Graduate Student Researches Perceptions of Social Media

Katherine Brushaber-Drockton, SPAR grant recipient, researched how social media associates depression and anxiety In young people

| Author: Kendall Weishaupt | Media Contact: Kara Owens

Clinical psychology graduate student Katherine Brushaber-Drockton received a Summer Program for Arts & Research (SPAR) Grant and researched perceptions of social media realism and internalizing symptoms. Her research is centered around youth's perception of how much social media content reflects reality and whether there is a relationship between hours spent on social media and symptoms of depression and anxiety. 

Brushaber-Drockton used pre-existing data on how often young people use social media, their symptoms of depression and anxiety, and their perception of the content they are consuming. She found a relationship between the hours spent on social media and symptoms of depression. The more hours spent on social media, the higher the symptoms of depression. However, she found no relationship between hours spent on social media and symptoms of anxiety. 

She also found that gender plays a large role in the relationship between anxiety and depression symptoms. Gender non-conforming participants had the highest symptoms of depression and anxiety, girls were next on the list, and then boys. How youth perceive social media content, “social media realism” as Brushaber-Drockton calls it in this study, does not play a role in the relationship between hours of social media use and depression or anxiety symptoms.  

Brushaber-Drockton hopes her research allows young people to better understand what they are engaging with on social media and the idea of “social media realism.” Understanding how different types of content may impact our well-being is important. How young people engage with social media appears to matter more than simply the number of hours of use.  

Studies show the negative outcomes of social media, but the positive outcomes can be overlooked. Positives of social media include communication with others outside peoples’ homes during the COVID-19 pandemic; social media can also help facilitate social connectedness among individuals who feel isolated in their community.  Brushaber-Drockton wants to show the general public how social media use could be used in ways to promote well-being, and how to make it safe for young people to positively engage.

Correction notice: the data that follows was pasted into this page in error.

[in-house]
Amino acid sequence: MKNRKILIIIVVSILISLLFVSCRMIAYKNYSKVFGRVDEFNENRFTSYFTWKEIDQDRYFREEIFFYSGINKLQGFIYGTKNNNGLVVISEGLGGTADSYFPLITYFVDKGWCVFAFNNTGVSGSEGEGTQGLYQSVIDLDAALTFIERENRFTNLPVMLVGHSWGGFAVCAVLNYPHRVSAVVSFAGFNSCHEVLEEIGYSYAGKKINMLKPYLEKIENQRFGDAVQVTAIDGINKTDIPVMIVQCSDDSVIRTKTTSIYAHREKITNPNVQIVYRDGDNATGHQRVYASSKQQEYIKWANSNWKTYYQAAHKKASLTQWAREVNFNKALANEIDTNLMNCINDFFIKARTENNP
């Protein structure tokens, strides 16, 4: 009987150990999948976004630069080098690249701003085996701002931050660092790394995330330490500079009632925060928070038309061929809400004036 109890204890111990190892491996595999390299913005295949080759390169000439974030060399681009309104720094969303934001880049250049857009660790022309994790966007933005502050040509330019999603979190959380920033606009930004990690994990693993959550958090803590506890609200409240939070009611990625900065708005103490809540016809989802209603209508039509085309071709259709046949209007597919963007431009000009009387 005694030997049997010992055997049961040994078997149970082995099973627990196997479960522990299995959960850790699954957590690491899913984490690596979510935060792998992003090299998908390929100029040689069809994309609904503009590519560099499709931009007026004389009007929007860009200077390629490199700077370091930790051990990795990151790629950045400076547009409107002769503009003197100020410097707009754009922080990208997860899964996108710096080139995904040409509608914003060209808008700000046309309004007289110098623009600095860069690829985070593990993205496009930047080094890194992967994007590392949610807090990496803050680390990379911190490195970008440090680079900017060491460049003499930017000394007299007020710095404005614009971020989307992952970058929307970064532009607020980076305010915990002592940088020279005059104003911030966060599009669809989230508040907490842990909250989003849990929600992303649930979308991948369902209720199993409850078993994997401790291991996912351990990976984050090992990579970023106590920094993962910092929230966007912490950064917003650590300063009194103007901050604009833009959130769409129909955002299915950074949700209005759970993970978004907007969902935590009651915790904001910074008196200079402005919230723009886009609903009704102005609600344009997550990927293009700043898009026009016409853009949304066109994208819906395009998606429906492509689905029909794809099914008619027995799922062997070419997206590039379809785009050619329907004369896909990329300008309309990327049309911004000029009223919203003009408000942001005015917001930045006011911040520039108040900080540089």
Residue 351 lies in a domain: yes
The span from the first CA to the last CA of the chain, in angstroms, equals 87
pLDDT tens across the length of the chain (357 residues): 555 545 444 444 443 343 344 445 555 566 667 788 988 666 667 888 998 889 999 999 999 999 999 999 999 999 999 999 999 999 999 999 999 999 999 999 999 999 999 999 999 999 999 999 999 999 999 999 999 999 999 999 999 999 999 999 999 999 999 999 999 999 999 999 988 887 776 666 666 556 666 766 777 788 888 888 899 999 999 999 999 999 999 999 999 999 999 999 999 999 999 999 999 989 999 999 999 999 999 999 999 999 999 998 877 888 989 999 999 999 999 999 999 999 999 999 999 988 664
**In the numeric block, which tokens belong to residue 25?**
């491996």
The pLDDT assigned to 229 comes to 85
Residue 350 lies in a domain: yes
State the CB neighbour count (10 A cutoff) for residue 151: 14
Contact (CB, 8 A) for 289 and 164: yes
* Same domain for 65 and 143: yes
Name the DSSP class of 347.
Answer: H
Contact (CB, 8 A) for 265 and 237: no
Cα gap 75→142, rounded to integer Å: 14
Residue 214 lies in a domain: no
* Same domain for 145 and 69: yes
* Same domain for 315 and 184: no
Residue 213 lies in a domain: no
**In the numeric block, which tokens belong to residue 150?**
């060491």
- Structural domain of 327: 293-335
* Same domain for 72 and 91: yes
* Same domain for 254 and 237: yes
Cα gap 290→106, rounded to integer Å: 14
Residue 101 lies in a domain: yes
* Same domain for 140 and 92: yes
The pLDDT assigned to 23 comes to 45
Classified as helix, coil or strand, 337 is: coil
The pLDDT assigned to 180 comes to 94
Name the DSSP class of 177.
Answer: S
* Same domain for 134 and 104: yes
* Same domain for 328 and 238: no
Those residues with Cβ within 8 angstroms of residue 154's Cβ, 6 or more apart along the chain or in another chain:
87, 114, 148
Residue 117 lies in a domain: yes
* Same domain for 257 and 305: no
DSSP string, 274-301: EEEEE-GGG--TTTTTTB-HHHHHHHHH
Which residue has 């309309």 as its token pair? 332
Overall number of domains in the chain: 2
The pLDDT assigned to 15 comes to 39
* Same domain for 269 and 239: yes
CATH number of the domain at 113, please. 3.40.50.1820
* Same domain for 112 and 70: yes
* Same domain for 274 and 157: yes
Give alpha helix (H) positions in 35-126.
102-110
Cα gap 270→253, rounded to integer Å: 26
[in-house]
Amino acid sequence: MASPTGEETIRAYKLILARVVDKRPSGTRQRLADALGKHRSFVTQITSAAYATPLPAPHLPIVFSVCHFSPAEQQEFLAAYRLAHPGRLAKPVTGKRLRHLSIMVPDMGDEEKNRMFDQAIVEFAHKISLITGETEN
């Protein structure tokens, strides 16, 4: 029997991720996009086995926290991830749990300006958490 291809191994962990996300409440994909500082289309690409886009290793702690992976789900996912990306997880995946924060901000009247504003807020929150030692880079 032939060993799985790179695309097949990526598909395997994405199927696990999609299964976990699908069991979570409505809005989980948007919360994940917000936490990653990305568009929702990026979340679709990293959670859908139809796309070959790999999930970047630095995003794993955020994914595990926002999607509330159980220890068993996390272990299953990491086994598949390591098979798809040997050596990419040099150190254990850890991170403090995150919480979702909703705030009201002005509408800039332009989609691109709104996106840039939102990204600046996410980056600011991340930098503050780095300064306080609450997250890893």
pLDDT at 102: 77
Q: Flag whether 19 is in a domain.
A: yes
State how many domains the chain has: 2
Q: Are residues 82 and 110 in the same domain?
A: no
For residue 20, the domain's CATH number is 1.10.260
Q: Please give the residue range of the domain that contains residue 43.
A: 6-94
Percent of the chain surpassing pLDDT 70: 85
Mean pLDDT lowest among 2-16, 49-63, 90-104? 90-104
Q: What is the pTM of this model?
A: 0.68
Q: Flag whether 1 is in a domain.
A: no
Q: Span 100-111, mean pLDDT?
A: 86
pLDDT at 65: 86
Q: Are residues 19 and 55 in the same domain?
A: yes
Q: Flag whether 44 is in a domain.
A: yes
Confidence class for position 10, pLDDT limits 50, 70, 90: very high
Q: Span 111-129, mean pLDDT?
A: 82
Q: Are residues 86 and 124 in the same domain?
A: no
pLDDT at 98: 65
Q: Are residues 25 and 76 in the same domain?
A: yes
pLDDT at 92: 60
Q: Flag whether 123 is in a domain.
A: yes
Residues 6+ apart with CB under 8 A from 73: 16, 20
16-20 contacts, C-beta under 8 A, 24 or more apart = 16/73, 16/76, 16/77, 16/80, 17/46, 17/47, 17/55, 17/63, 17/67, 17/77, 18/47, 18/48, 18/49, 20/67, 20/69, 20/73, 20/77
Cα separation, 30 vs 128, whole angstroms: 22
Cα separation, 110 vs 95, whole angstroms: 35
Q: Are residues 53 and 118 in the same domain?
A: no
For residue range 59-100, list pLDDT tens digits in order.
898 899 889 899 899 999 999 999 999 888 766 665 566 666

She also hopes that her study will allow people to learn when a young person is expressing a need for help. Brushaber-Drockton was inspired to conduct this research because she is interested in access to mental health care, health care, and education in rural areas. Social media is now accessible everywhere, and it can be beneficial to spread correct positive information that can help those who may not otherwise have access to these resources. However, social media can also have negative impacts, and she wants to make sure young people understand what they consume online. 

Her research was conducted over the summer of 2023, and she hopes to continue disseminating this information. She also hopes to continue research as a career, and her goal is to make research more accessible to the general public. This research will be showcased next year at SCREE.  

This story is brought to you by the  Office of Research and Graduate Studies.

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